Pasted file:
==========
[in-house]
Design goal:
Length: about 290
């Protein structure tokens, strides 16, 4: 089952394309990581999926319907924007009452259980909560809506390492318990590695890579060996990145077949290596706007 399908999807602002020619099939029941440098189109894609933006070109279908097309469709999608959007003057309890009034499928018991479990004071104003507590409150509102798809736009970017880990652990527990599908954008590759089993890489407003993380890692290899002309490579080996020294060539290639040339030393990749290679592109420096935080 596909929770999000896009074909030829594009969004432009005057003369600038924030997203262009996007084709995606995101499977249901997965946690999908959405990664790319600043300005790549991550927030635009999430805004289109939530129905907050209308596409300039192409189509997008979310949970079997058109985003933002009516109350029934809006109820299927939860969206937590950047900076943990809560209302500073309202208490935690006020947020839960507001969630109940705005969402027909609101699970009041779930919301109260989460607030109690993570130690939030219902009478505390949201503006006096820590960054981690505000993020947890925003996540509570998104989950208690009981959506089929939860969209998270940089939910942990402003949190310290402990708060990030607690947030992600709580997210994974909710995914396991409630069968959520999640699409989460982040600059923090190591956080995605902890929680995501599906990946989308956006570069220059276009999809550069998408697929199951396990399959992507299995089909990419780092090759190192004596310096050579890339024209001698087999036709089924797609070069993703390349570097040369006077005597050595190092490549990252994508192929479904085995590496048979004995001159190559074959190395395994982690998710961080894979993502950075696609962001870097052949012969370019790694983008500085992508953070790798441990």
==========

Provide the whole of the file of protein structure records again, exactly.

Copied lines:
[in-house]
Design goal:
Length: about 290
């Protein structure tokens, strides 16, 4: 089952394309990581999926319907924007009452259980909560809506390492318990590695890579060996990145077949290596706007 399908999807602002020619099939029941440098189109894609933006070109279908097309469709999608959007003057309890009034499928018991479990004071104003507590409150509102798809736009970017880990652990527990599908954008590759089993890489407003993380890692290899002309490579080996020294060539290639040339030393990749290679592109420096935080 596909929770999000896009074909030829594009969004432009005057003369600038924030997203262009996007084709995606995101499977249901997965946690999908959405990664790319600043300005790549991550927030635009999430805004289109939530129905907050209308596409300039192409189509997008979310949970079997058109985003933002009516109350029934809006109820299927939860969206937590950047900076943990809560209302500073309202208490935690006020947020839960507001969630109940705005969402027909609101699970009041779930919301109260989460607030109690993570130690939030219902009478505390949201503006006096820590960054981690505000993020947890925003996540509570998104989950208690009981959506089929939860969209998270940089939910942990402003949190310290402990708060990030607690947030992600709580997210994974909710995914396991409630069968959520999640699409989460982040600059923090190591956080995605902890929680995501599906990946989308956006570069220059276009999809550069998408697929199951396990399959992507299995089909990419780092090759190192004596310096050579890339024209001698087999036709089924797609070069993703390349570097040369006077005597050595190092490549990252994508192929479904085995590496048979004995001159190559074959190395395994982690998710961080894979993502950075696609962001870097052949012969370019790694983008500085992508953070790798441990």